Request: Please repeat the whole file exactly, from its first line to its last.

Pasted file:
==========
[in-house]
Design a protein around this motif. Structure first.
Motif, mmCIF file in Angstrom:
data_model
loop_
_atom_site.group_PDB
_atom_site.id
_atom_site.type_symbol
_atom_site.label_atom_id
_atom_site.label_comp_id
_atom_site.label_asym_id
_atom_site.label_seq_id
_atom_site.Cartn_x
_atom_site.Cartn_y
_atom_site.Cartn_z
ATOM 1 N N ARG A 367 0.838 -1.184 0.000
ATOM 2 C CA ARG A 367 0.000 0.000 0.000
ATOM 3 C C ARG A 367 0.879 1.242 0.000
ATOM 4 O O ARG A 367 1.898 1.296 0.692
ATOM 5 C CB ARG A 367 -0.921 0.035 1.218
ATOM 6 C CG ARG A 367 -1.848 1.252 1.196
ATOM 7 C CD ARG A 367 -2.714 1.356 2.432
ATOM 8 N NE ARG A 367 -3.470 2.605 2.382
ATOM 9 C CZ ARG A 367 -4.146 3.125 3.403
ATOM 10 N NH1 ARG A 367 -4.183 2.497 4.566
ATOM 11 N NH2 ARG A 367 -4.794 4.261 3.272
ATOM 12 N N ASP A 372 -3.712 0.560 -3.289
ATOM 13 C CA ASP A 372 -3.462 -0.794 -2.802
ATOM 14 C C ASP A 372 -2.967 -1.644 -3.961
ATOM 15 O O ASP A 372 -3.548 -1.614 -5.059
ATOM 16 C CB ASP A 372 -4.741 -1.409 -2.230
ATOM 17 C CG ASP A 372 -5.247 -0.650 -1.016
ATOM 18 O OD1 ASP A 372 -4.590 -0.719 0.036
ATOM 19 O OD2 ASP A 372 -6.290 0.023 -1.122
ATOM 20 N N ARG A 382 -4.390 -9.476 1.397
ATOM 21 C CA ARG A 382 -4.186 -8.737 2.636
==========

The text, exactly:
[in-house]
Design a protein around this motif. Structure first.
Motif, mmCIF file in Angstrom:
data_model
loop_
_atom_site.group_PDB
_atom_site.id
_atom_site.type_symbol
_atom_site.label_atom_id
_atom_site.label_comp_id
_atom_site.label_asym_id
_atom_site.label_seq_id
_atom_site.Cartn_x
_atom_site.Cartn_y
_atom_site.Cartn_z
ATOM 1 N N ARG A 367 0.838 -1.184 0.000
ATOM 2 C CA ARG A 367 0.000 0.000 0.000
ATOM 3 C C ARG A 367 0.879 1.242 0.000
ATOM 4 O O ARG A 367 1.898 1.296 0.692
ATOM 5 C CB ARG A 367 -0.921 0.035 1.218
ATOM 6 C CG ARG A 367 -1.848 1.252 1.196
ATOM 7 C CD ARG A 367 -2.714 1.356 2.432
ATOM 8 N NE ARG A 367 -3.470 2.605 2.382
ATOM 9 C CZ ARG A 367 -4.146 3.125 3.403
ATOM 10 N NH1 ARG A 367 -4.183 2.497 4.566
ATOM 11 N NH2 ARG A 367 -4.794 4.261 3.272
ATOM 12 N N ASP A 372 -3.712 0.560 -3.289
ATOM 13 C CA ASP A 372 -3.462 -0.794 -2.802
ATOM 14 C C ASP A 372 -2.967 -1.644 -3.961
ATOM 15 O O ASP A 372 -3.548 -1.614 -5.059
ATOM 16 C CB ASP A 372 -4.741 -1.409 -2.230
ATOM 17 C CG ASP A 372 -5.247 -0.650 -1.016
ATOM 18 O OD1 ASP A 372 -4.590 -0.719 0.036
ATOM 19 O OD2 ASP A 372 -6.290 0.023 -1.122
ATOM 20 N N ARG A 382 -4.390 -9.476 1.397
ATOM 21 C CA ARG A 382 -4.186 -8.737 2.636